"After 10 years of lobbying for Taiwan to become part of the World Health Organization, this is the first year that I've felt genuinely proud to be part of the effort," Taiwan Medical Professional Alliance Chairman Wu Shu-min said yesterday in a joint press conference with the Overseas Compatriots Affairs Commission, urging all Taiwanese living abroad to write petition letters to their local representative for their support on the bid.
Since 1997, he said, Taiwan has subordinated itself by only asking to become an observer in the World Health Assembly as a "health entity" rather than a sovereign nation. The request, as meek as it was, was repeatedly rejected by the health body due to the organization's adhere to the "one-China policy," he added.
"But this year, despite it being the 11th year of trying the push the bid through, I feel more energized and more hopeful than ever because the Taiwanese government has finally agreed to apply for full membership under the name Taiwan, instead hiding the country's sovereignty behind the term "health entity," Wu said.
OCAC Chairwoman Chang Fu-mei (張富美) also applauded the new strategy, saying that throughout the years, many Taiwanese living abroad have joined WHO efforts, but often felt deflated because the Taiwanese government was not strong enough to voice the desire of the people to be a "full member state" in the WHO.
"The new strategy has completely rejuvenated many compatriots' passion to rally up more support for Taiwan's bid from the countries they are living in," Chang said, saying she estimates close to 200 Taiwanese compatriots from the United States and Europe will go to Geneva this May to fight for Taiwan's membership in the upcoming World Health Assembly.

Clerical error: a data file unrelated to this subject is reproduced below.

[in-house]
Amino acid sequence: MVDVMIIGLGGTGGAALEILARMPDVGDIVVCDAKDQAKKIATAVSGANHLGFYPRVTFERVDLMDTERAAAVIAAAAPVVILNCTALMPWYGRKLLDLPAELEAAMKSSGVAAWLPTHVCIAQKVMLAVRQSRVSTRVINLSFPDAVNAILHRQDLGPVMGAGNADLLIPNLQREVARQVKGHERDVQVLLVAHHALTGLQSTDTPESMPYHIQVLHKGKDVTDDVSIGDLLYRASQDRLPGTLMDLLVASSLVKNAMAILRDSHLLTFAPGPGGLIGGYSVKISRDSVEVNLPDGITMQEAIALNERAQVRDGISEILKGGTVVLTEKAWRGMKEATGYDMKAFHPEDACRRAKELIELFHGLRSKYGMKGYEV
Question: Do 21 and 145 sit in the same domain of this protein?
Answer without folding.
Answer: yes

To push the work along, the OCAC has composed a petition letter in five languages. The compatriots, said Chang, can download the letters online and send them to their local government representatives.
Chang said Taiwan's WHO bid has always been a priority for the OCAC and the overseas Taiwanese community has become an integral part of the effort, citing the example of a recent medical forum held in Milan to boost more support for the bid from the Italian government.
In London yesterday at an event sponsored by the Taiwanese academicians based in Britian, Lord Chancellor Charles Faulkner, openly supported Taiwan's WHO bid, said TMPA Secretary-general Lin Shih-chia (林世嘉), adding the event would have not have been possible without the help from the overseas Taiwanese community in the UK.